The medicinal virtues of the Waters may probably have been discovered by some swineherd, prior to the arrival of the Romans in Britain, who had pitched his tent in these vales, and whose swine had been infected with some cutaneous disorder. It is well known, that these animals are averse to cold or heat in the extreme; that in the winter season, on their rambles through these morasses, experiencing the warmth of the bubbling springs, would wallow in the glowing marsh, pay successive visits to a place where they found such comfortable, oozy beds, and the healing quality of the tepid waters, might have effected a cure. The swineherd perceiving this, must have imputed it to a miracle; reported the wonderful discovery to the rest of his tribe, and they to other tribes.

Mankind from the day that Adam was banished from his earthly paradise, have been subject to different maladies; some person afflicted with the leprosy, or a similar disease, might have been induced to try the waters, in hopes they would have the same effect on him as they had on the swine, and the baths might have restored him to his former vigour.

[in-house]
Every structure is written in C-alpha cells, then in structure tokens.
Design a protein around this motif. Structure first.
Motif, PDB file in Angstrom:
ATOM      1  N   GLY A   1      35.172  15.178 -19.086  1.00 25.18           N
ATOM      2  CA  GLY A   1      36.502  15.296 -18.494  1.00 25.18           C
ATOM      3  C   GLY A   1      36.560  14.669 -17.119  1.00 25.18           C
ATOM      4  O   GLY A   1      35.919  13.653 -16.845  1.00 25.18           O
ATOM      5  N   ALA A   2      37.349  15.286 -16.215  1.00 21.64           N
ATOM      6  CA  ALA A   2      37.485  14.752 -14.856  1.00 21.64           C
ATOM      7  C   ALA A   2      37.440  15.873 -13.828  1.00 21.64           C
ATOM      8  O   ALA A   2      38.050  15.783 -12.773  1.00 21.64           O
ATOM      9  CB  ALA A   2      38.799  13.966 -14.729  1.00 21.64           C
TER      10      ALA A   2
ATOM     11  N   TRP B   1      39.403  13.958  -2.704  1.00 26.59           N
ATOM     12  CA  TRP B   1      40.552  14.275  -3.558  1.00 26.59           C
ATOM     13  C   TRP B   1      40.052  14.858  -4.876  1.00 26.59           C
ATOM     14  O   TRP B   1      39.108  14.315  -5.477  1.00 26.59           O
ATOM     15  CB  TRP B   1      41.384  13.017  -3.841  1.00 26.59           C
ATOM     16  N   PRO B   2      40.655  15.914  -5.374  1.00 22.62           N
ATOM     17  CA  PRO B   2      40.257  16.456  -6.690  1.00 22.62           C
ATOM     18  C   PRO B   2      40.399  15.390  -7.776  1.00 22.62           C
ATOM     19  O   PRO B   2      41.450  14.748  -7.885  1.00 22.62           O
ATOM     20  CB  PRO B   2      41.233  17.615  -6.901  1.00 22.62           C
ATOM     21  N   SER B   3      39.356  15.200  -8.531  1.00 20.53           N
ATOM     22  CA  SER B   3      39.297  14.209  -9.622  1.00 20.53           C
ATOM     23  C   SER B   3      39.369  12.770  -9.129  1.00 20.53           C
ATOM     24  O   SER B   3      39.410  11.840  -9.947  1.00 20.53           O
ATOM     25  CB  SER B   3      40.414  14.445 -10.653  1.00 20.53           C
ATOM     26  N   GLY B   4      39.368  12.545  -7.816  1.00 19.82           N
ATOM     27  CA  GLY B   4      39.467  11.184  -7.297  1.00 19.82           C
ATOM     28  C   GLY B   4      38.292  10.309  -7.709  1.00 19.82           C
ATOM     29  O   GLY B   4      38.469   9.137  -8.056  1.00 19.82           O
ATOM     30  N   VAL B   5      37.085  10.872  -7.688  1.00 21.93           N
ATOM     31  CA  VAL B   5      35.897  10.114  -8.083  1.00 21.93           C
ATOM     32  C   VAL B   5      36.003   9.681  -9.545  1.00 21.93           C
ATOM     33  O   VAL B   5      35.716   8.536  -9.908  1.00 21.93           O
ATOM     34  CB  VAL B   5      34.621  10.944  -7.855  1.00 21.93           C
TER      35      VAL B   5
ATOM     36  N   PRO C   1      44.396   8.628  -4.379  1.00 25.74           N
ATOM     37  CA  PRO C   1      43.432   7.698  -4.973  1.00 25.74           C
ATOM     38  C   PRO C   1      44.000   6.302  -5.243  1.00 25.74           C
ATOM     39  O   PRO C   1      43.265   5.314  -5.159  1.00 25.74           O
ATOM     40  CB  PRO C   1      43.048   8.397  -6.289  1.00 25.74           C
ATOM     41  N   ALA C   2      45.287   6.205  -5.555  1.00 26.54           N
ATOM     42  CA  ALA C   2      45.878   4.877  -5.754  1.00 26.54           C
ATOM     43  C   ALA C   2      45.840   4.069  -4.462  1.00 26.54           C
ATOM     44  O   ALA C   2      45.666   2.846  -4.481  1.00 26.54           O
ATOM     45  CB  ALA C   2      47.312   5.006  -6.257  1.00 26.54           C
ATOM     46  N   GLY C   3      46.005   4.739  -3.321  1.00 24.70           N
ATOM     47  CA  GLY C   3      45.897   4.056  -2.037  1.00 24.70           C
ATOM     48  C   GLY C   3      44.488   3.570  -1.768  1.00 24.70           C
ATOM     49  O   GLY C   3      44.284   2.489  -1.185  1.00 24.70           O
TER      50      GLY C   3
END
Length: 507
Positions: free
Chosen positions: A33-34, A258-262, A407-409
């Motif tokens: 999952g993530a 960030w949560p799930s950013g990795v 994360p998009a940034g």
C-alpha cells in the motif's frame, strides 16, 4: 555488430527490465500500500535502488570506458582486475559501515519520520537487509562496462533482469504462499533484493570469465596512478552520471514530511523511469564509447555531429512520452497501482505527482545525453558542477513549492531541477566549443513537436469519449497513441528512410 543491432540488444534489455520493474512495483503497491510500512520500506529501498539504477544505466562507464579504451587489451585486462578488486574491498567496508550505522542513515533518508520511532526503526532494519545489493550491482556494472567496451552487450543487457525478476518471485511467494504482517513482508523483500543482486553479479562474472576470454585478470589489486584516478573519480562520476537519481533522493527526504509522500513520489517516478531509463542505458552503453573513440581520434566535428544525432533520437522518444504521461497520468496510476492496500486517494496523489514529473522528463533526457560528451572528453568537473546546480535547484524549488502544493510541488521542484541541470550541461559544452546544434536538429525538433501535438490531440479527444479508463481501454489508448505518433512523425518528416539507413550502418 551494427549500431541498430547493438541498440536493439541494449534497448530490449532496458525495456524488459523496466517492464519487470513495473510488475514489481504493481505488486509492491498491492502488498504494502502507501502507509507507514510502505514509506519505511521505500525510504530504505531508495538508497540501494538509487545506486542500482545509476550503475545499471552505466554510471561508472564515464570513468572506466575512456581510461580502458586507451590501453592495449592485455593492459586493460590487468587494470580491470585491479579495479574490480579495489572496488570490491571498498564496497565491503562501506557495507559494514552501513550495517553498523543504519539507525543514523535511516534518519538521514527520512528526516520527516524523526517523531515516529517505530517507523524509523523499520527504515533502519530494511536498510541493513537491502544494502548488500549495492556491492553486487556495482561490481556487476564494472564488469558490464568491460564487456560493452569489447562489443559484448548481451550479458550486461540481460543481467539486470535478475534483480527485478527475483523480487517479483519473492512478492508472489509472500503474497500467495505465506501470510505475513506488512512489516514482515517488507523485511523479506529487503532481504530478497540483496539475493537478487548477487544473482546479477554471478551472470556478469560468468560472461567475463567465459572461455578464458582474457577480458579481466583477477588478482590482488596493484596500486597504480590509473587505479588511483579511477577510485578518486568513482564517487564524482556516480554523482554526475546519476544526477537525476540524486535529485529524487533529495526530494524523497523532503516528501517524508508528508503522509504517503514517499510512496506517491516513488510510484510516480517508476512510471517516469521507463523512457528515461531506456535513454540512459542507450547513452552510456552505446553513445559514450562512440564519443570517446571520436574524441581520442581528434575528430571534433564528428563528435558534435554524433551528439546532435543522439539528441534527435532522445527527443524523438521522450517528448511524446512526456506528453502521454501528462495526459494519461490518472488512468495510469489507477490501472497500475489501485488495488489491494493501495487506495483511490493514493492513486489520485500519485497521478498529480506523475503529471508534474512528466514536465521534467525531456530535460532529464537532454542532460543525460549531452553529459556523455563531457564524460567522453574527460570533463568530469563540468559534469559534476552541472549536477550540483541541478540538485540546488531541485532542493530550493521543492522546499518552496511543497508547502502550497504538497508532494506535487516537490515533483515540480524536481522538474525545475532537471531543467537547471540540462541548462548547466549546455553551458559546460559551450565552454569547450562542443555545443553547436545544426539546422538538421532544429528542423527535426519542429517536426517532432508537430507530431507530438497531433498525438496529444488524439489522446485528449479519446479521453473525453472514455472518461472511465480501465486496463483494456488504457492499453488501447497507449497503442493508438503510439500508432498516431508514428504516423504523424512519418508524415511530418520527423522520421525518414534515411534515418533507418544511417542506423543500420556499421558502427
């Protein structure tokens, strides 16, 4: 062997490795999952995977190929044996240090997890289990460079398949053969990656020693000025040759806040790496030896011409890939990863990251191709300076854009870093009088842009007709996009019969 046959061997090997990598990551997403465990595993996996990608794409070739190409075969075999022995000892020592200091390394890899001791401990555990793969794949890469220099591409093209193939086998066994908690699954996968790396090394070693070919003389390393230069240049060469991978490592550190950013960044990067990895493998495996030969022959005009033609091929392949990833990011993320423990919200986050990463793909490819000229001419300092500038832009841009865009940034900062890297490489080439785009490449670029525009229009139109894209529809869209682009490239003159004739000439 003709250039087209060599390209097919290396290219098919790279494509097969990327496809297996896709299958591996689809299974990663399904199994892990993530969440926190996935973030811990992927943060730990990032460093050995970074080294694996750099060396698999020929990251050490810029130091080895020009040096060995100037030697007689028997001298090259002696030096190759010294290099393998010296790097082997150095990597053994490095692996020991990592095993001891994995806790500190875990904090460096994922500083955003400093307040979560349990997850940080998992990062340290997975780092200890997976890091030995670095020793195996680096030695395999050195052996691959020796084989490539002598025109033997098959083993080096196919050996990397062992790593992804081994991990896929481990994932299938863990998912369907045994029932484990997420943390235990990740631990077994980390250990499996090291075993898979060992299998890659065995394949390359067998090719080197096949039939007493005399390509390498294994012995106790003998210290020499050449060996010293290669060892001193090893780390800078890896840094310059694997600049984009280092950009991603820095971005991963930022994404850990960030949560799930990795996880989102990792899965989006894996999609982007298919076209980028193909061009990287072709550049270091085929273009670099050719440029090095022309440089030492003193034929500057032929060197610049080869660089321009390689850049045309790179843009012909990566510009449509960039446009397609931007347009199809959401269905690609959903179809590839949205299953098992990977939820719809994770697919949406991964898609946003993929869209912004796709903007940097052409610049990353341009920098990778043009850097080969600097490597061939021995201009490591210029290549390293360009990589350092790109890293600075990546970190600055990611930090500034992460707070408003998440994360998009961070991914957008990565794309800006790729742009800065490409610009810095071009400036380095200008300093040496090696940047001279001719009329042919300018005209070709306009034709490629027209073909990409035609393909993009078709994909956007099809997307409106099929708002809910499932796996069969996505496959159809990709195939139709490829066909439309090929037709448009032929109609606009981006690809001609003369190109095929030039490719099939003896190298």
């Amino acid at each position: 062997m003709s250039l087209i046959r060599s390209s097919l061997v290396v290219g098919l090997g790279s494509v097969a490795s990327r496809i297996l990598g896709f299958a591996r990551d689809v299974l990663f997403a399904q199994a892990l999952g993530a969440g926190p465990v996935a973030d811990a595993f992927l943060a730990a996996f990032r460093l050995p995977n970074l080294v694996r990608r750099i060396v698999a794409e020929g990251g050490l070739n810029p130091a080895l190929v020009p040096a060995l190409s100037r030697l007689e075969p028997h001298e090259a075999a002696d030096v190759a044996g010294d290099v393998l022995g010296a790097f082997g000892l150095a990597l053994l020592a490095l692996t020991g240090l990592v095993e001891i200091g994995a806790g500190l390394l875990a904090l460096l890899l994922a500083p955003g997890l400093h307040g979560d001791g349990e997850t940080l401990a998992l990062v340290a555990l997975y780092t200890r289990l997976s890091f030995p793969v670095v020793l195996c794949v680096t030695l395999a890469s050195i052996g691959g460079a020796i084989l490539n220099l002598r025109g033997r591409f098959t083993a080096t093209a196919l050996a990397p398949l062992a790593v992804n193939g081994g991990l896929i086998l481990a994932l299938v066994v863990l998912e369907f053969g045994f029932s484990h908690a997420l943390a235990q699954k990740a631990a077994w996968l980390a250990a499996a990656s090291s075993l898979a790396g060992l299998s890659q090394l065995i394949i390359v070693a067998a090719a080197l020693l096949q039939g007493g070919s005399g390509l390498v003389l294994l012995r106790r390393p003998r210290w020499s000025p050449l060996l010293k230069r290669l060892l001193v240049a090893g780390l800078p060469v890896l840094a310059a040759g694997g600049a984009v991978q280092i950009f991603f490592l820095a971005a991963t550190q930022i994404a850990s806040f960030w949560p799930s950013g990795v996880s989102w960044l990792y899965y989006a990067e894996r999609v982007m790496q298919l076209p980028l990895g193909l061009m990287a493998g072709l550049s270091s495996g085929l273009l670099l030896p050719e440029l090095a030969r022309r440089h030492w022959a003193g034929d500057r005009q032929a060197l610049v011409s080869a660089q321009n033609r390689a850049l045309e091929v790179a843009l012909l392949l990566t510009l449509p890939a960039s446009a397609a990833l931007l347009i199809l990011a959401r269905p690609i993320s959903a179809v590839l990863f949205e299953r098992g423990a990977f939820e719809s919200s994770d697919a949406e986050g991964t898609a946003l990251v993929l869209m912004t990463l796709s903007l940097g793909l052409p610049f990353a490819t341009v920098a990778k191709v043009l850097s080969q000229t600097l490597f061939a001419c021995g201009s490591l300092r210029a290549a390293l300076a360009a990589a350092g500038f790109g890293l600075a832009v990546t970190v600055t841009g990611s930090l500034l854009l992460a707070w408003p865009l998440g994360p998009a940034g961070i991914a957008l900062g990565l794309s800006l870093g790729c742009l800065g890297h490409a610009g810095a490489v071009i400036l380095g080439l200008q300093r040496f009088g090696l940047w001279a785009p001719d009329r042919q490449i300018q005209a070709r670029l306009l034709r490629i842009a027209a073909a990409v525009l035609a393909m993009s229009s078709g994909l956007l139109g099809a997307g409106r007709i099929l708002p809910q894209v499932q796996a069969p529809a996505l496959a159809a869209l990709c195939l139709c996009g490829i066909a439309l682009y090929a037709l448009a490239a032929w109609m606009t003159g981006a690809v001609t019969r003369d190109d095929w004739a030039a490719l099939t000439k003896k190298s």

The Druids, in a subsequent century, in order to give the miracle greater celebrity, may have dignified him with the title of prince, and learned philosopher; made him a magician, with powers to confer eternal heat on the waters, and make them boil in their several fountains. Admitting the probability of these conjectures, still it is evident, they were not much resorted to until the Romans arrived in this country. These, habituated to luxurious living, and accustomed to the use of tepid baths at home, were able to discern their salutary and efficacious tendency, to remove the bad consequences of voluptuous indulgence; whilst simple regimen, and incessant toil, made our robust ancestors, subject but to few distempers: of course, would scorn the effeminate practice of tepid baths.